He was at the wheel of a 1957 Maserati 250F similar to those raced in period by Juan Manuel Fangio and Stirling Moss: “Having the car in exactly the same state as it raced in the 1950s with so many heroes at the wheel, so to get a small insight into what they experienced in the purest form possible was very, very special indeed. We did not quite have the gearing spot on, so were out of the ideal rev range at some places, but it was fun working out how to drive around that. It is definitely a car more suited to the wide-open tracks, but even so, it has the sweetest and most intuitive balance of any car I’ve ever driven so it was fun to try to exploit that in the tight confines of this track.”

“I really loved the whole section from Beau Rivage to the exit of the Tunnel.  Once you learn it and it starts to flow from one corner to the next, it is very satisfying.” Franchitti continued: “I really hope we get to go back in a couple of years with the car as the driveshaft snapped on lap 2 of the race and now I know the track better, I really want to get back out there, it is a track in this car that leaves you wanting more, which says it all really.”

A JPS Lotus Type 92 sliding through the chicane with the Monaco skyline in the background.

Due to the event’s stature, the Monaco Historic Grand Prix also manages to attract a selection of cars that are not raced anywhere else. Perhaps the most evocative of all grids this year was “Serie D” for 3.0-liter Formula 1 cars built between 1966 and 1972. In addition to the ubiquitous Ford-Cosworth DFV V8 powered machines there were three twelve-cylinder-engined Matras and Ferraris each as well as a sole BRM P153. Originally raced in period by Pedro Rodriguez, it was now fielded for fellow Mexican and former Formula 1 racer Esteban Gutierrez. Especially for the occasion, he wore a lovely tribute helmet in the style of the one worn by the older of two Rodriguez brothers.

Racing at Monaco in and of itself was enough of a reward for most, but there were of course eight highly coveted race victories on the table. A regular challenger for victories at Monaco is American collector Larry Auriana and his driver Joe Colasacco. Instead of acquiring a fast car, they took a more complicated but also more exciting route by developing a very rare Ferrari 1512 F1 into a competitive machine. Fielded in Serie B for the 1961–1965 1.5-liter Formula 1 cars, it is powered by a diminutive flat-12 engine. Raced in 1964 and 1965, it was not a race winner but did lay the foundation for the later Ferrari successes. In the hands of Colasacco, the car had already won at Goodwood, but a Monaco victory had still eluded him until this year.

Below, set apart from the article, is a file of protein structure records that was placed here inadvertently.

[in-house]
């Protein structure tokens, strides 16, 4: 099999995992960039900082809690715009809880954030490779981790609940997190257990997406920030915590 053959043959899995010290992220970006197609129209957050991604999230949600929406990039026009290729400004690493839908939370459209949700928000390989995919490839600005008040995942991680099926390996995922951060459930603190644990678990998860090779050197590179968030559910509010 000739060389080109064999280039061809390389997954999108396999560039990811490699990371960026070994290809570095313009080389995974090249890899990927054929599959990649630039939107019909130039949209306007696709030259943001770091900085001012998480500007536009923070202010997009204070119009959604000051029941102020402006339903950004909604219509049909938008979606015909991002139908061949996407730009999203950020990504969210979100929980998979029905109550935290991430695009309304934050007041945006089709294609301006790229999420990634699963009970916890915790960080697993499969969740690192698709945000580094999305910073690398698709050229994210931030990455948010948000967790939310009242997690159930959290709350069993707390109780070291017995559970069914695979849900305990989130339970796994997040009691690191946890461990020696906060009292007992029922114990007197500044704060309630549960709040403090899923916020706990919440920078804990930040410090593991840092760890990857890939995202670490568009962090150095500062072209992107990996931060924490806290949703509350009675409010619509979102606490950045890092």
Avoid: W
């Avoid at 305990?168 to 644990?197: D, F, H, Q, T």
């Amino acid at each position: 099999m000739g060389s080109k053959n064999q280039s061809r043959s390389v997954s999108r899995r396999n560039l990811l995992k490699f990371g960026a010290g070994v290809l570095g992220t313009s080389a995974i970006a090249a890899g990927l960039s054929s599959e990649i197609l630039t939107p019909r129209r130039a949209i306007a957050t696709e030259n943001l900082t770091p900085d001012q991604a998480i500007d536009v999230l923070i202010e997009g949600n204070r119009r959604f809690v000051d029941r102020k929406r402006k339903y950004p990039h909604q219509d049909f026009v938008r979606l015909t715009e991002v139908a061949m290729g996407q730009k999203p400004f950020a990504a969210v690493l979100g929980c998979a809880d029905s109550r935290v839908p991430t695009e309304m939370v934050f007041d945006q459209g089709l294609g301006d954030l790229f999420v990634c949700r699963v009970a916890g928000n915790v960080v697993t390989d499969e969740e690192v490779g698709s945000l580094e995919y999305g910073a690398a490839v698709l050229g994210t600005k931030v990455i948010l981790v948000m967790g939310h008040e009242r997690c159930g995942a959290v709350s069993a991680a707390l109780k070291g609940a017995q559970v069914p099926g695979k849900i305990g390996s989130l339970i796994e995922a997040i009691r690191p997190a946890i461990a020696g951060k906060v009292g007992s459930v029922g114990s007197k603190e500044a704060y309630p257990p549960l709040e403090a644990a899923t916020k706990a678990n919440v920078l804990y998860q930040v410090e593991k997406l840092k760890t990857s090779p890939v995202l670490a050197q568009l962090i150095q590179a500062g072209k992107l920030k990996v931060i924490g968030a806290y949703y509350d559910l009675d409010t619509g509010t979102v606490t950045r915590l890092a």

Joe Colasacco starting his race from pole position in the Ferrari 1512 F1.

“It gave us great satisfaction to win at Monaco, especially in this important F1 Ferrari that was driven by Pedro Rodriquez, Lorenzo Bandini, and world champion John Surtees.” Colasacco explained: “It’s a great testament to team Auriana Racing, to bring this highly complex car to victory in Monaco. Only through the perseverance and focus of a great sportsman like Mr. Auriana could this have been achieved. I was just happy to be a part of It.”  Colasacco had started from pole position in the race but received great opposition in the race from Mark Shaw in his ex-Jim Clark Lotus 21. Eventually, it was the screaming Ferrari that came out on top ten years after Auriana and Colasacco first fielded the car at Monaco. Colasacco concluded: “It was a great day for all of us!”

Also on top form at Monaco this year was British professional racer Stuart Hall, who drove the McLaren M19A and McLaren M23 from the ROFGO Collections to victories in the Serie D and Serie E races. Thirty years after scoring a win in the Formula 3 support race of the 1992 Monaco Grand Prix, German Marco Werner was also back on the top step. The three-time Le Mans winner was at the helm of a Lotus 87B in the new Serie G from 1981–1985 Formula 1 cars and head of an all-Lotus podium. There also was a stellar drive from German Claudia Hürtgen in the Serie A2 for front-engined Grand Prix cars. She had stepped into the 1960 Italian Grand Prix–winning Ferrari 246 Dino F1 at the very last minute, but that did not stop her from clinching pole position and the victory against very strong opposition.

Current Ferrari F1 driver Charles Leclerc sampling an ex-Niki Lauda Ferrari 312 B3.

The Monaco Grand Prix is the crown jewel of Formula 1 not necessarily because of the track, the slowest on the calendar, but rather thanks to the glitz and the glamour and the unique atmosphere. It is exactly that, which is captured so well by the biennial Historic Grand Prix and the reason why the event attracts competitors and spectators from all over the world. You can already make a note in your agenda for mid-May 2024 when the next Historic Grand Prix is scheduled.